All of the approximately 100 species are marine. Some species are spherical or ovoid, others are elongate and ribbonlike. Copyright 2002 Pearson Education, Inc., publishing as Benjamin Cummings Ctenophora means comb-bearer and these animals are named for their eight rows of comblike plates composed of fused cilia. Most comb jellies have a pair of long retractable tentacles. These tentacles are

armed with adhesive structures (colloblasts) that secrete a sticky thread to capture their food. Fig. 33.8 Copyright 2002 Pearson Education, Inc., publishing as Benjamin Cummings CHAPTER 33 INVERTEBRATES Section C1: Protostomia: Lophotrochozoa

1. Phylum Platyhelminthes:Flatworms are acoelomates with gastrovascular cavities 2. Phylum Rotifera: Rotifers are pseudocoelomates with jaws, crowns of cilia, and complete digestive tracts Copyright 2002 Pearson Education, Inc., publishing as Benjamin Cummings Introduction The molecular-based phylogeny of the clade Bilateria implies that the original bilateral animals, the urbilateria, were relatively complex animals with true body cavities (coeloms).

If this is true, then simpler bilaterans lacking coeloms (acoelomates) and those with pseudocoeloms evolved secondarily from coelomates. Both molecular clock estimates and trace fossils (burrows) place the origin of bilaterans in the Precambrian. These burrows indicate the presence of a hydraulic skeleton that can function in burrowing. Copyright 2002 Pearson Education, Inc., publishing as Benjamin Cummings The molecular data reinforce the traditional

division of the bilateral animals into the protostomes and deuterostomes. However, the molecular phylogeny splits the protostomes into two clades: Lophotrochozoa and Ecdysozoa. Copyright 2002 Pearson Education, Inc., publishing as Benjamin Cummings 1. Phylum Platyhelminthes: Flatworms are acoelomates with gastrovascular cavities There are about 20,000 species of flatworms living in marine, freshwater, and damp terrestrial habitats.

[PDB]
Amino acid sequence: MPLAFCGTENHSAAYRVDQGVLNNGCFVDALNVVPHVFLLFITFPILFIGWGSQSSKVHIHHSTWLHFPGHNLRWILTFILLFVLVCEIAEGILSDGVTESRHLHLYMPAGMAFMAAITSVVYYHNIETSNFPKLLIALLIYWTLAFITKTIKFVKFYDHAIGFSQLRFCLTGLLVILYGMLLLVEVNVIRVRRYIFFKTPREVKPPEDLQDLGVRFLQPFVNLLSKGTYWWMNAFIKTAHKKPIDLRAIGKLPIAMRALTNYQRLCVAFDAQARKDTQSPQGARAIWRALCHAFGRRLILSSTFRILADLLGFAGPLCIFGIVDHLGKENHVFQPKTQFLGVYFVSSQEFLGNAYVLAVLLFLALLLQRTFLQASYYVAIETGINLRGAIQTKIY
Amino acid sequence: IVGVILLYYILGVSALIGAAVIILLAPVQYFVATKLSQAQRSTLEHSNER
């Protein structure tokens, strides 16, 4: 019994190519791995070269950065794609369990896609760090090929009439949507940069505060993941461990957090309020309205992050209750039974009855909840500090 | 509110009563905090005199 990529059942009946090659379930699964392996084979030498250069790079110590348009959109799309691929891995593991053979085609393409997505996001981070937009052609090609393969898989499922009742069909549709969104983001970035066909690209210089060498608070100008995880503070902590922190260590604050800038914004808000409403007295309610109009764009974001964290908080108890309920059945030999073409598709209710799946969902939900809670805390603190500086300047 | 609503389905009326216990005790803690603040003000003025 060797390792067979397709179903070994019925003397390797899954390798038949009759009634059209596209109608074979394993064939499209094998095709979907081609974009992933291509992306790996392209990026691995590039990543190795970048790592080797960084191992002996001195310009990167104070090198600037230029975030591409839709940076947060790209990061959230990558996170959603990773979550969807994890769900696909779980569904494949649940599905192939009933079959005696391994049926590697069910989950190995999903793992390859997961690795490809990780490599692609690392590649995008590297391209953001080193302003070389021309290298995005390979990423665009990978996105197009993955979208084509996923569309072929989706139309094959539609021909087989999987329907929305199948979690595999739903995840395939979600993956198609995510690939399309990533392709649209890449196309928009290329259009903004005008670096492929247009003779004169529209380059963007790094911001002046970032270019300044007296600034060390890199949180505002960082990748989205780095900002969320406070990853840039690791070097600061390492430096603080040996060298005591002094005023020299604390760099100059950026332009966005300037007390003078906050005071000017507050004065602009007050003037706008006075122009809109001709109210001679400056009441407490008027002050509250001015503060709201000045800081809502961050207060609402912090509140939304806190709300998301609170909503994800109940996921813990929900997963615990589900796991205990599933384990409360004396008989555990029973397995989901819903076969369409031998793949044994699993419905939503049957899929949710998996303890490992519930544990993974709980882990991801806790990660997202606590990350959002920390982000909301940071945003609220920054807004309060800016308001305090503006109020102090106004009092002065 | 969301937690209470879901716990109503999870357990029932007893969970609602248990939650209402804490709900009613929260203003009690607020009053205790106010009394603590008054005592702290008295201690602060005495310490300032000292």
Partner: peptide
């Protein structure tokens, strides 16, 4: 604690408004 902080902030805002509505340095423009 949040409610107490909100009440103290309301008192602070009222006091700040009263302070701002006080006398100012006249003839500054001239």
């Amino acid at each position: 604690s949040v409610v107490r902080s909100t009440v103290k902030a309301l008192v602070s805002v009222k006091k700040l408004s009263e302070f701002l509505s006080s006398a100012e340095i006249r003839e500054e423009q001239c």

They also include many parasitic species, such as the flukes and tapeworms. Flatworms have thin bodies, ranging in size from the nearly microscopic to tapeworms over 20 m long. Flatworms and other bilaterians are triploblastic, with a middle embryonic tissue layer, mesoderm, which contributes to more complex organs and organs systems and to true muscle tissue. Copyright 2002 Pearson Education, Inc., publishing as Benjamin Cummings While flatworms are structurally more complex

than cnidarians or ctenophores, they are simpler than other bilaterans. Like cnidarians and ctenophores, flatworms have a gastrovascular cavity with only one opening (and tapeworms lack a digestive system entirely and absorb nutrients across their body surface). Unlike other bilaterians, flatworms lack a coelom. Copyright 2002 Pearson Education, Inc., publishing as Benjamin Cummings Flatworms are divided into four classes: Turbellaria, Monogenia, Trematoda,

and Cestoidea. Copyright 2002 Pearson Education, Inc., publishing as Benjamin Cummings Turbularians are nearly all free-living (nonparasitic) and most are marine. Planarians, members of the genus Dugesia, are carnivores or scavengers in unpolluted ponds and streams. Fig. 33.9 Copyright 2002 Pearson Education, Inc., publishing as Benjamin Cummings

Planarians and other flatworms lack organs specialized for gas exchange and circulation. Their flat shape places all cells close to the surrounding water and fine branching of the digestive system distributes food throughout the animal. Nitrogenous wastes are removed by diffusion and simple ciliated flame cells help maintain osmotic balance.

Fig. 33.10 Copyright 2002 Pearson Education, Inc., publishing as Benjamin Cummings Planarians move using cilia on the ventral epidermis, gliding along a film of mucus they secrete. Some turbellarians use muscles for undulatory swimming. A planarian has a head with a pair of eyespots to detect light and lateral flaps that function mainly

for smell. The planarian nervous system is more complex and centralized than the nerve net of cnidarians. Planarians can learn to modify their responses to stimuli. Copyright 2002 Pearson Education, Inc., publishing as Benjamin Cummings Planarians can reproduce asexually through regeneration. The parent constricts in the middle, and each half regenerates the missing end.

Planarians can also reproduce sexually. These hermaphrodites cross-fertilize. Copyright 2002 Pearson Education, Inc., publishing as Benjamin Cummings The monogeneans (class Monogenea) and the trematodes (class Trematoda) live as parasites in or on other animals. Many have suckers for attachment to their host. A tough covering protects the parasites. Reproductive organs nearly fill the interior of these worms.